“I have bad news! Rohan was kidnapped while on his journey, I am not sure how. I will receive more information in an hour. But we should prep our team and make a plan to rescue him before it’s too late! We need to fly to Albania and get him back to safety!”
In short, that was the dream, my friend Rishin back in India had, once I told him about my plan to make a solo motorbike trip to central-east Europe! Basically, they were scared for me. Same as most of the people, to whom I told my plan. I had similar advice from other European friends as well; to be careful when I am riding alone into eastern Europe, watch out your motorbike and all that. And of course, my parents don’t know yet (they do realize I traveled).
I believe every country has its share of issues. From my personal experience, I genuinely believe people are kind deep down, but society and circumstances make them into what they are. When you think about it, don’t you think, hate and fear are more comfortable to consume than hope and trust?
So that’s what my journey was about. Hope. How I hoped that I would have enough money to finish the trip. That I would survive without any major incidents. How I hoped I could cross borders without any issues with my Indian passport. And most of all, how I hoped that my 22-year old city bike – a 97 make Suzuki GS 500, the cheapest reasonable conditioned motorbike I could find on the online used market – would survive this adventure. Guess what I named her? Hope!
Thus began my journey from the beautiful city of Barcelona, with no set plans except an average accommodation budget of 10 Euro per day and a direction in my mind. “To East,” that was the plan. Thanks to friends, couchsurfing, and Airbnb campsites, I breezed through west Europe without any crazy expense. Once you are in the Balkans, things are affordable! Hence for ten days, I had a planned itinerary because I was staying with friends and couchsurfing. Then it became daily planning or rather deciding on where to go the next day.
What followed was an overwhelming experience with gorgeous nature and amazing humans. So many beautiful people, kind locals, fellow bikers, crazy cyclists, the hitchhiker with zero money, the couple travelers, veteran travellers in their 40’s and 50’s, the buskers, the dreamers, people from all the corners of life.
The Balkans were really different from Europe, one of the reasons to head this side. I truly felt the word Eurasia in the Balkans, the mix of both cultures, which was quite interesting, especially for someone who is from Asia and has explored the West and East. Learning the history on the go was another brilliant experience. Especially how iron curtain influenced life in eastern EU countries and how religious beliefs were impacted because of that and how it varied from Europe or Asia. Albania was the most interesting in terms of diverse landscape and history; I felt that somebody literally took what George Orwell wrote in the book “1984” and executed it in Albania. How they are thriving to make the outside world see that things are not that bad and unsafe as others think.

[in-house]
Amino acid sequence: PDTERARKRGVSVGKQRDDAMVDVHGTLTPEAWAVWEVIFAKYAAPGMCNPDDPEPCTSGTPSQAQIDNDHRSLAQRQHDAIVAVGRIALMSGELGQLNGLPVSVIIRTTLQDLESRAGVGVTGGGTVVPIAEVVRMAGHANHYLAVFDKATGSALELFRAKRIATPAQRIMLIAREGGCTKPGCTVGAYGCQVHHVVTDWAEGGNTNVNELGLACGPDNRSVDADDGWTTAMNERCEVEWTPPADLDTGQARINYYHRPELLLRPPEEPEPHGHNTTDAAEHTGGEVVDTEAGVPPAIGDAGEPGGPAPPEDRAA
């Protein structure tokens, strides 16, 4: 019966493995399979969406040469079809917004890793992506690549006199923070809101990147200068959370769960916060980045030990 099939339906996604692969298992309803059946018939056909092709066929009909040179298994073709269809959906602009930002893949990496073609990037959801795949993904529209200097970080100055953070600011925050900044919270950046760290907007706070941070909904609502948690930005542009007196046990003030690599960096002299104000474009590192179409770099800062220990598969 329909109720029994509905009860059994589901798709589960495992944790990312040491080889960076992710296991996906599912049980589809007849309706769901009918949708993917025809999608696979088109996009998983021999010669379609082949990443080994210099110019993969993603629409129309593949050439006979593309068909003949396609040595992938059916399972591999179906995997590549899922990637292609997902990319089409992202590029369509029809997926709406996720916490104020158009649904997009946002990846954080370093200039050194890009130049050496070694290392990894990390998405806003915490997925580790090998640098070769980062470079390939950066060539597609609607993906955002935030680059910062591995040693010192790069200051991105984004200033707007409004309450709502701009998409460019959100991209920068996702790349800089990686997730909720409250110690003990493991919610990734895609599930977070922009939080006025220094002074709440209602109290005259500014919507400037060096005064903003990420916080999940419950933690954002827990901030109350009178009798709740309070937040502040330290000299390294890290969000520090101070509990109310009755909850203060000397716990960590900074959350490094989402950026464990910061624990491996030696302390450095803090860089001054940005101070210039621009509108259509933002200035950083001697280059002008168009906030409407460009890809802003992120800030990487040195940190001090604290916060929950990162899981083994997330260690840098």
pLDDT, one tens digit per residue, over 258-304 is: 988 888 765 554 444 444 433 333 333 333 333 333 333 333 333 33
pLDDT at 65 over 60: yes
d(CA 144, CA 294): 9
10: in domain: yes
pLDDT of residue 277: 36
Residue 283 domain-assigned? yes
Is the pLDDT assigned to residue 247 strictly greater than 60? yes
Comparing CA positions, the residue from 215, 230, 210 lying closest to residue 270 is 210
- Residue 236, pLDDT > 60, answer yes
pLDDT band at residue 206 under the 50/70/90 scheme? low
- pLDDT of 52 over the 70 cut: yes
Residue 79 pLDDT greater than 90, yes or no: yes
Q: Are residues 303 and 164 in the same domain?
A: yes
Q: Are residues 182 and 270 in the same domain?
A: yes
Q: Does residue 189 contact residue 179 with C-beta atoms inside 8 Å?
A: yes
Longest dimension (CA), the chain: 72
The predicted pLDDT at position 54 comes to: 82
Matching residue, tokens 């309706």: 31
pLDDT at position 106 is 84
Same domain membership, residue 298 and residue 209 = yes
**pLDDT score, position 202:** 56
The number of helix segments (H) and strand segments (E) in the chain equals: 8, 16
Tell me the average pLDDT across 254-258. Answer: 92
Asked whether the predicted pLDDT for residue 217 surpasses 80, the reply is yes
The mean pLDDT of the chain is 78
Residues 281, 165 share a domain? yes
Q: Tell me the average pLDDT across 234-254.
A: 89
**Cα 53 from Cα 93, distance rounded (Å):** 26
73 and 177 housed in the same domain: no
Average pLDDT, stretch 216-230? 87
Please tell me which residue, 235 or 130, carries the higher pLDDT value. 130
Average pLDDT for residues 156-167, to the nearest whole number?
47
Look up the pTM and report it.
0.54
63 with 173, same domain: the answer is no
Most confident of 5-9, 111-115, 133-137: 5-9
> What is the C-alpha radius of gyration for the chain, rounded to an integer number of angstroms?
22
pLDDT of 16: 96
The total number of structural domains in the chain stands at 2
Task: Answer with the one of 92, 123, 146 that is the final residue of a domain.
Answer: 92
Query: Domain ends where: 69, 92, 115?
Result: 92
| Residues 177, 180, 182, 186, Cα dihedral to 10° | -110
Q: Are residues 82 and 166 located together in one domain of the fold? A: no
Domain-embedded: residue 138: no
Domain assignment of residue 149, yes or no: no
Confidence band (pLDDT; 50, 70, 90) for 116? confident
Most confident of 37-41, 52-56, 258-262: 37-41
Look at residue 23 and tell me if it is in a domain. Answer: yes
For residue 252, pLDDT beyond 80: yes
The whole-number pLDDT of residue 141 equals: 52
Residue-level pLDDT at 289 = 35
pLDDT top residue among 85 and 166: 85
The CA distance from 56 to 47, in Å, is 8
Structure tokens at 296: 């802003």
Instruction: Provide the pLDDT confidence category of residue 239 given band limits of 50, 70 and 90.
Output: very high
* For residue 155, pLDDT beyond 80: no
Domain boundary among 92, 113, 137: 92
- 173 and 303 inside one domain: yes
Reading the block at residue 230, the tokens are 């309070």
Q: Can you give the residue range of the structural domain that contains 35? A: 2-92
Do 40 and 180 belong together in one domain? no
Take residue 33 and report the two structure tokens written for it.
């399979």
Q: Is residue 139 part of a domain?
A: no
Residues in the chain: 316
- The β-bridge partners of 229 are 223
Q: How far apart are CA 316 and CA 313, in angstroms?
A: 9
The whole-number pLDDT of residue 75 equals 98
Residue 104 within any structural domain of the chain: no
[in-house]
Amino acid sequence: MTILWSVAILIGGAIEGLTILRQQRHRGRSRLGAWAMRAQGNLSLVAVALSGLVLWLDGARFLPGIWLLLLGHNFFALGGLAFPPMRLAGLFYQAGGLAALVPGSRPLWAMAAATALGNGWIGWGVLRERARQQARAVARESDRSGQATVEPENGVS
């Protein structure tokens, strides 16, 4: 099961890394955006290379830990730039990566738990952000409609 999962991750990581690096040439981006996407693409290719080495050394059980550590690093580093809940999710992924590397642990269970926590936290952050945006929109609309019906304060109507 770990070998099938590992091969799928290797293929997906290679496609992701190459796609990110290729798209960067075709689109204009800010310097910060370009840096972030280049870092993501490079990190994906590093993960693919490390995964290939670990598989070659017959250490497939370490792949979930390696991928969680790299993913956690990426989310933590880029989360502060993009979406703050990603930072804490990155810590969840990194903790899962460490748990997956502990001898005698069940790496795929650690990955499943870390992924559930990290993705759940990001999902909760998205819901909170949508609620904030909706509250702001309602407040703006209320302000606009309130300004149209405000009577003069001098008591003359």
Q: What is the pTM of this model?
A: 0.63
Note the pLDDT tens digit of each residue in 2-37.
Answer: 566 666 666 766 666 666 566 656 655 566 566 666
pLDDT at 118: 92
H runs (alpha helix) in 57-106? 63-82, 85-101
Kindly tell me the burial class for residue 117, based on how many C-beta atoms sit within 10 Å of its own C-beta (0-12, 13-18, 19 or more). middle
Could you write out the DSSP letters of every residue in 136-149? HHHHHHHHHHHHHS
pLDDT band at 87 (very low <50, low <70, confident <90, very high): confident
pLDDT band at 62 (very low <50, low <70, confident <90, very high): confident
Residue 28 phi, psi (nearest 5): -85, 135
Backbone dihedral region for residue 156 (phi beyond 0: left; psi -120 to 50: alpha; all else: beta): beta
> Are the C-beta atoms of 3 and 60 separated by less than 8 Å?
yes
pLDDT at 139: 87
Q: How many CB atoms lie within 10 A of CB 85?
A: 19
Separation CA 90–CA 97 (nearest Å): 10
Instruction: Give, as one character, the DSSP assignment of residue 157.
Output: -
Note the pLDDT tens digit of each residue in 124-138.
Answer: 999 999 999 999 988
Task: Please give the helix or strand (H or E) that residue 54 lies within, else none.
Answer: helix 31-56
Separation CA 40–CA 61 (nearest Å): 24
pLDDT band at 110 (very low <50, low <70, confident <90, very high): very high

On the other hand, I met people who were trying to make it to Europe somehow, in search of a better life. The time when you become speechless to say anything other than good luck and give a smile, and somewhere a pang of guilt to be privileged enough to be on this trip.
In the span of 75 days, I rode 10852 kms, crossed 11 border checks, set foot in 16 countries. Starting from Spain to France, Switzerland, Italy, Austria, Slovenia, Croatia, Bosnia and Herzegovina, Montenegro, Albania, Kosovo, Macedonia, Greece, Bulgaria, Turkey (took a detour to Turkey to attend my friend’s wedding <3), Romania, Hungary and back to Spain.
There were moments I had to remind myself of the depth of this journey, and there were moments when tears filled my eyes because of pure joy. By the end of trip I felt light, physically (I managed to send back things I wasn’t using, and also lost some weight), and emotionally (a feeling I cannot explain, it was bliss!) and I found another proof of my belief that you don’t need many things to live a good life.
I am grateful to friends and their friends who happily connected me to hosts, answered queries. I am grateful to all the circumstances and events which led to this fantastic journey! The universal signs, the stupid decisions, the selective ignorance, and support from my friends (if I ever ran out of funding, I was planning to call you guys). Thank you!
To conclude, a reminder for every capable person; we are itsy bitsy tiny creatures in this enormous, beautiful world. Make it meaningful :).
Bonus picture: I want to say, even animals are kind unless provoked!